As you would expect, Dropout Nation takes issue with some of the conclusions reached by the Schott Foundation for Public Education in its latest and otherwise important and substantial report on graduation rates for young black men. The report’s sharp barbs at New York City’s school reform efforts (and its implicit criticism of the school reform movement), ignores the Big Apple’s success in improving graduation rates by four percentage points over that period (along with the other improvements in the achievement of young black men that this publication has documented). Schott’s latent opposition to standards and accountability is rather schizophrenic given that it also decries how young black and Latino men aren’t getting comprehensive college-preparatory education.

Meanwhile Schott wrongheadedly blames reformers for issue of students poorly served by adults in schools being “pushed out” by them. That aspect of the education crisis (along with the equally inexcusable move by principals and teachers of socially promoting struggling students into academic failure) has been chronicled by social critics such as the legendary Leon Dash (who once explained to your editor how a kid would be brought into a principal’s office and encouraged to take their leave) and predates reform efforts since the 1990s. The same applies to Schott’s complaint that improving curriculum standards leads to teachers and school leaders “simply labeling those students as
“disinterested,” “slow,” “bad” or as having Attention Deficit Disorder; apparently the foundation should pay more attention to Dropout Nation’s coverage of how special education has long been a way-station for children traditional districts didn’t want to teach. It is rather senseless to blame reformers for the actions of teachers and school leaders who have never had the interest of the children in their care in mind. (Your editor won’t hit upon the irony of the report being prefaced with a letter from Baltimore Supt. Andres Alonso, one of the nation’s leading reform-minded school leaders.)

In fact, if one looks closely at Schott’s own data (starting with its pioneering 2004 on abysmal graduation rates for young black men, which informed your editor’s earlier reporting), one can easily see that states and districts embraced systemic reform improved graduation rates by strong numbers while those that didn’t have lagged behind.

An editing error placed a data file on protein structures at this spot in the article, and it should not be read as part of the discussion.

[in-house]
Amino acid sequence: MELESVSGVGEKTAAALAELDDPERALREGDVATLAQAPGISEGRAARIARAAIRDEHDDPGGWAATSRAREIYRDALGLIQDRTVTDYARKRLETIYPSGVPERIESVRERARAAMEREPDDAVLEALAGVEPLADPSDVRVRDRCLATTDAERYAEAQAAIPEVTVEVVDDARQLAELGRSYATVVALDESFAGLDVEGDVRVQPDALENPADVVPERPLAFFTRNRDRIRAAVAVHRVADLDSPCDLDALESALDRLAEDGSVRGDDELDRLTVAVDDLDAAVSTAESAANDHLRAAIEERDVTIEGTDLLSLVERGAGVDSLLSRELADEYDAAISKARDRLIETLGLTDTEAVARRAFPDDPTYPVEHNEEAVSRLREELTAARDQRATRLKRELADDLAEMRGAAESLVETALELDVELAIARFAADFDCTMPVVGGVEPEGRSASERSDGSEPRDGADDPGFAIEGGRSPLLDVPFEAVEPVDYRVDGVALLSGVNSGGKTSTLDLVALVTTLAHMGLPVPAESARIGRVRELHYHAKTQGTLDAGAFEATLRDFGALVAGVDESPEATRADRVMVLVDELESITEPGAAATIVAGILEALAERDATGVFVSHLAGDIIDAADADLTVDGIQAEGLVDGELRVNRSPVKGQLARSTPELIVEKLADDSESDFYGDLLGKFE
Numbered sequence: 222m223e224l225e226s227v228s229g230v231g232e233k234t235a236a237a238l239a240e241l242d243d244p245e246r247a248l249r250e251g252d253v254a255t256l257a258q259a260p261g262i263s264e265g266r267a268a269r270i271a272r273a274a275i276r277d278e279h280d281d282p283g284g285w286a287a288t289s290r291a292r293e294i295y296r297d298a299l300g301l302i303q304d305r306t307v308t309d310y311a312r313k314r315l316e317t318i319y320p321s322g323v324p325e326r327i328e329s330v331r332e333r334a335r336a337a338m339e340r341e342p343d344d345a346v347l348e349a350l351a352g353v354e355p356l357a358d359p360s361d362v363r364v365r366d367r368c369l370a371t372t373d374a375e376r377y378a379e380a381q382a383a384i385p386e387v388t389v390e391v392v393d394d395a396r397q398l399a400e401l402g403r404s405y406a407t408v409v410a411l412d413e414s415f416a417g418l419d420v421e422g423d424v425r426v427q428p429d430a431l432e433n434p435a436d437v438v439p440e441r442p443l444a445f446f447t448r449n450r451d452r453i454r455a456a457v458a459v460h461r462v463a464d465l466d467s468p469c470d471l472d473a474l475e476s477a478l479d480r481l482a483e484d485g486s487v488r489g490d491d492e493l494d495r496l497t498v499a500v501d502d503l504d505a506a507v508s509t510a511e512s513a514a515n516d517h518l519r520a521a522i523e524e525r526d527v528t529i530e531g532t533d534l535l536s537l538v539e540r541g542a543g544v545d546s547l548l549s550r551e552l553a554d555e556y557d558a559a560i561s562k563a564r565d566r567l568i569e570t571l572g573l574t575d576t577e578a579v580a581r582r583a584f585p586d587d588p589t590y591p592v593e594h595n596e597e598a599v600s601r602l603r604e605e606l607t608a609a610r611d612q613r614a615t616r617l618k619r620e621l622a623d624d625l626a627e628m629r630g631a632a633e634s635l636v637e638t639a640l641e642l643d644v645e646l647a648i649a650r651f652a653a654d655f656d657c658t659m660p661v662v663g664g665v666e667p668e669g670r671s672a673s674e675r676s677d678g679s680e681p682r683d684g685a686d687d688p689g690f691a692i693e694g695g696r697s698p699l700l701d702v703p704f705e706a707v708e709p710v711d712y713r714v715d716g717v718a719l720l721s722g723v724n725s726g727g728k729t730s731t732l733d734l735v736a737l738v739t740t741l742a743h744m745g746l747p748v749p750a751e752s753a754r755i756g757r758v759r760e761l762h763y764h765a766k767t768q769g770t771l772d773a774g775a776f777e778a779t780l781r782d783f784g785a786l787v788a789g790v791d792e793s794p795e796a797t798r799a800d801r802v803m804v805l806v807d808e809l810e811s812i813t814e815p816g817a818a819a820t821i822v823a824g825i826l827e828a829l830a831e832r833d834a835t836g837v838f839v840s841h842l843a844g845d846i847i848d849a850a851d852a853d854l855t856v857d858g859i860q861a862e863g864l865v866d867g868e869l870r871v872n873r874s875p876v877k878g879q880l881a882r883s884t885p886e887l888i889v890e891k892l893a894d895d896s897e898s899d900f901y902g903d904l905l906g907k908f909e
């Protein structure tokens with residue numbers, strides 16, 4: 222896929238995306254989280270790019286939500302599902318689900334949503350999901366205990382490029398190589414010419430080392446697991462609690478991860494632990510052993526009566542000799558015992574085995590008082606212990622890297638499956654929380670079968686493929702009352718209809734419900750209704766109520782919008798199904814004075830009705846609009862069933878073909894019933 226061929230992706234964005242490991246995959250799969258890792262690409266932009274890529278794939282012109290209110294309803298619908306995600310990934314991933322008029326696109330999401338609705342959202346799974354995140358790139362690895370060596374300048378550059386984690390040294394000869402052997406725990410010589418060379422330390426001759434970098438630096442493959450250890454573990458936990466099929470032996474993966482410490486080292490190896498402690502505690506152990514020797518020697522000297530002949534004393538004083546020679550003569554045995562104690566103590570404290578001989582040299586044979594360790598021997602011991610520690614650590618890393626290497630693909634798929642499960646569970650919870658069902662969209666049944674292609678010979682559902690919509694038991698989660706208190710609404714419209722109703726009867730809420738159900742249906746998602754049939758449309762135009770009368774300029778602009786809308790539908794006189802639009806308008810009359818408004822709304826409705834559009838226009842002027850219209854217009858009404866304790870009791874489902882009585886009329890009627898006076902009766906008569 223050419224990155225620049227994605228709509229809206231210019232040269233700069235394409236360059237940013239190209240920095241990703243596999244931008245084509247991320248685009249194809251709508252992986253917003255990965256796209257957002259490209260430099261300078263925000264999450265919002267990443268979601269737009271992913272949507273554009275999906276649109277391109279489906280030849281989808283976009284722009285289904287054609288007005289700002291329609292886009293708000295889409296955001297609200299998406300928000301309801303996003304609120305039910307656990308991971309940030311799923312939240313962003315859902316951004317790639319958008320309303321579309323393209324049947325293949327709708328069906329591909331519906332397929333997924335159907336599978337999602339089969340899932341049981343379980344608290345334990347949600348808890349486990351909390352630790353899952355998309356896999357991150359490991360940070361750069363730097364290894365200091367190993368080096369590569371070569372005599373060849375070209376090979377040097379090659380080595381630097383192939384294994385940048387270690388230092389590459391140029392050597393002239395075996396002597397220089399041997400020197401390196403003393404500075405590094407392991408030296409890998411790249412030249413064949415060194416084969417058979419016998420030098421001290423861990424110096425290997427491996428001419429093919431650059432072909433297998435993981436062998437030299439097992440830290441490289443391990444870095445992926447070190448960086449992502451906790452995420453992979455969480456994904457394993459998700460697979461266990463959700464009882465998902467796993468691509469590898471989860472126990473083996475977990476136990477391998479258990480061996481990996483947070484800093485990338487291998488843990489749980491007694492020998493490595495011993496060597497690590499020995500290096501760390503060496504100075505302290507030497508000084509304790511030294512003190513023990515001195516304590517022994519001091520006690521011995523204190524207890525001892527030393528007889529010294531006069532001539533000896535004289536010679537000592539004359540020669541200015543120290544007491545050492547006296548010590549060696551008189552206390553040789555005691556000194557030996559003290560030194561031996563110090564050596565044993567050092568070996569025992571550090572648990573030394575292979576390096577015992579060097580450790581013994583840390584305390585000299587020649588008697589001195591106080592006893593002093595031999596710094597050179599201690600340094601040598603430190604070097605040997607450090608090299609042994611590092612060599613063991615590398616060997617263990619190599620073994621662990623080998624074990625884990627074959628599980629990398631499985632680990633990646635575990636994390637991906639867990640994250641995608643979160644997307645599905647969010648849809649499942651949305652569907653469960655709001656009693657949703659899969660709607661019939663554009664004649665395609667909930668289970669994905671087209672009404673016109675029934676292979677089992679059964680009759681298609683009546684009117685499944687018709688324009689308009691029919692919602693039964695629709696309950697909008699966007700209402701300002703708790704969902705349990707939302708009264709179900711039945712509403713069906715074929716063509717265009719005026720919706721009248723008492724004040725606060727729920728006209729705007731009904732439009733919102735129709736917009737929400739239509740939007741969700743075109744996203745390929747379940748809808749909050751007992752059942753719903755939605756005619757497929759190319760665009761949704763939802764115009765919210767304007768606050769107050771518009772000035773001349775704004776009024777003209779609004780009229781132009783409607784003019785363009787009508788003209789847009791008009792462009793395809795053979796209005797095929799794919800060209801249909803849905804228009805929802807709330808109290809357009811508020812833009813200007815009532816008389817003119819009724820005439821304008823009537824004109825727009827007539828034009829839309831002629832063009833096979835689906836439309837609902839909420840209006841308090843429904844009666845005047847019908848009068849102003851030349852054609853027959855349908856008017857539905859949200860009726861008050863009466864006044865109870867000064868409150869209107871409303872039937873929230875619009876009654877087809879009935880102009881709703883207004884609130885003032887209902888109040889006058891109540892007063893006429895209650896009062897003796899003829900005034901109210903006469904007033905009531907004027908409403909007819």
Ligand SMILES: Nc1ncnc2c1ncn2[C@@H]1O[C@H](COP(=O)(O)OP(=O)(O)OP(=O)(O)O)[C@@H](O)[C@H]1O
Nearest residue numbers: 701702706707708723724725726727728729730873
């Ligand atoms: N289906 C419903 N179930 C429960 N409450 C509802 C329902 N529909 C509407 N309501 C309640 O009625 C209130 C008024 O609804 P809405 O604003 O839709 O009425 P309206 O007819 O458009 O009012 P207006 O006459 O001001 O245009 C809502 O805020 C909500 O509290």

In Indiana, graduation rates for young black men increased by 11 percentage points between the Classes of 2002 and 2010, while Florida’s graduation rates for young black men increased by nine percentage points in that same period; Orange County, Fla., has benefited from the state’s reforms, with its graduation rate for young black men increasing by 15 percent in that period, while Chicago, no exemplar when it comes to young black men, increased graduation rates by six percent in that same period. On the other hand, Virginia’s graduation rates for young black men declined by one percent between 2002 and 2010, while graduation rates for New Jersey (which, save for Newark, has largely lagged behind on reform until the past two years) declined by seven percent in that same period; black male graduation rates in Gwinnett County, Ga., declined by nine points in that same period, while graduation rates for Los Angeles, another district with sluggish dedication to reform, declined by four percent. This isn’t to say that reform-minded districts have done as well as they need to in order to help young black men achieve success. But when districts and states fail to overhaul curriculum standards, refuse to revamp teacher quality, fail to pursue school and district overhauls (including the school closings Schott has opposed for the past few years), and don’t expand school choice and Parent Power.